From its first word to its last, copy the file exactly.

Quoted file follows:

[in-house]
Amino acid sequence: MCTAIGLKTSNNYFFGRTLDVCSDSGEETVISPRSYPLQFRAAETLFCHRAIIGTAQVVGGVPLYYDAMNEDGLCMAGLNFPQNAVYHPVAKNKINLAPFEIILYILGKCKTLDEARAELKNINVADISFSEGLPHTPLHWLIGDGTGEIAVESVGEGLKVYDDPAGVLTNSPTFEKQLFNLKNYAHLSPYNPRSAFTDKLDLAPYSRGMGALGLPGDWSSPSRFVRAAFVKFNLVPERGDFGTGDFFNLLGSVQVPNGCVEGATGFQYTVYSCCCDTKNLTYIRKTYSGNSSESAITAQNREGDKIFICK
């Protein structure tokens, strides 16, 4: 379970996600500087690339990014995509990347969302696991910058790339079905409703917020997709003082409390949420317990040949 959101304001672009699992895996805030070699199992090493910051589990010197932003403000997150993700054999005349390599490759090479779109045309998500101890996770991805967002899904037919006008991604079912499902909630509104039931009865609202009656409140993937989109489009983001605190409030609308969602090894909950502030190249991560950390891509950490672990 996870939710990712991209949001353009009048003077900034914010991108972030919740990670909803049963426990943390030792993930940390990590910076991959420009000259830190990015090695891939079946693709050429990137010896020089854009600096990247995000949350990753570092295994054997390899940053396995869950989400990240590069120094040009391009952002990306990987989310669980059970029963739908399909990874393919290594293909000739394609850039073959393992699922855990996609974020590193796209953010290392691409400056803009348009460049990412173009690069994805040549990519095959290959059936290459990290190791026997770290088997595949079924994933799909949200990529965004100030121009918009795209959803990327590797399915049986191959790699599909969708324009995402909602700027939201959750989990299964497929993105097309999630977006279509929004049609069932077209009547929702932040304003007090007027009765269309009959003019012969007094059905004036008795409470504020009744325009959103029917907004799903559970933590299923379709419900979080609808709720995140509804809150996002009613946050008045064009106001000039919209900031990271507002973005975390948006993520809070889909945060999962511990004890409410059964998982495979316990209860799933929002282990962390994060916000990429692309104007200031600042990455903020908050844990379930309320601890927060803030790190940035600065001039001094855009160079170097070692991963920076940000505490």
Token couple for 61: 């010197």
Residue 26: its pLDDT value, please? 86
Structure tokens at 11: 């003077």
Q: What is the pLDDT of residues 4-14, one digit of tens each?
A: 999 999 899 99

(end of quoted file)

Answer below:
[in-house]
Amino acid sequence: MCTAIGLKTSNNYFFGRTLDVCSDSGEETVISPRSYPLQFRAAETLFCHRAIIGTAQVVGGVPLYYDAMNEDGLCMAGLNFPQNAVYHPVAKNKINLAPFEIILYILGKCKTLDEARAELKNINVADISFSEGLPHTPLHWLIGDGTGEIAVESVGEGLKVYDDPAGVLTNSPTFEKQLFNLKNYAHLSPYNPRSAFTDKLDLAPYSRGMGALGLPGDWSSPSRFVRAAFVKFNLVPERGDFGTGDFFNLLGSVQVPNGCVEGATGFQYTVYSCCCDTKNLTYIRKTYSGNSSESAITAQNREGDKIFICK
């Protein structure tokens, strides 16, 4: 379970996600500087690339990014995509990347969302696991910058790339079905409703917020997709003082409390949420317990040949 959101304001672009699992895996805030070699199992090493910051589990010197932003403000997150993700054999005349390599490759090479779109045309998500101890996770991805967002899904037919006008991604079912499902909630509104039931009865609202009656409140993937989109489009983001605190409030609308969602090894909950502030190249991560950390891509950490672990 996870939710990712991209949001353009009048003077900034914010991108972030919740990670909803049963426990943390030792993930940390990590910076991959420009000259830190990015090695891939079946693709050429990137010896020089854009600096990247995000949350990753570092295994054997390899940053396995869950989400990240590069120094040009391009952002990306990987989310669980059970029963739908399909990874393919290594293909000739394609850039073959393992699922855990996609974020590193796209953010290392691409400056803009348009460049990412173009690069994805040549990519095959290959059936290459990290190791026997770290088997595949079924994933799909949200990529965004100030121009918009795209959803990327590797399915049986191959790699599909969708324009995402909602700027939201959750989990299964497929993105097309999630977006279509929004049609069932077209009547929702932040304003007090007027009765269309009959003019012969007094059905004036008795409470504020009744325009959103029917907004799903559970933590299923379709419900979080609808709720995140509804809150996002009613946050008045064009106001000039919209900031990271507002973005975390948006993520809070889909945060999962511990004890409410059964998982495979316990209860799933929002282990962390994060916000990429692309104007200031600042990455903020908050844990379930309320601890927060803030790190940035600065001039001094855009160079170097070692991963920076940000505490």
Token couple for 61: 């010197």
Residue 26: its pLDDT value, please? 86
Structure tokens at 11: 């003077």
Q: What is the pLDDT of residues 4-14, one digit of tens each?
A: 999 999 899 99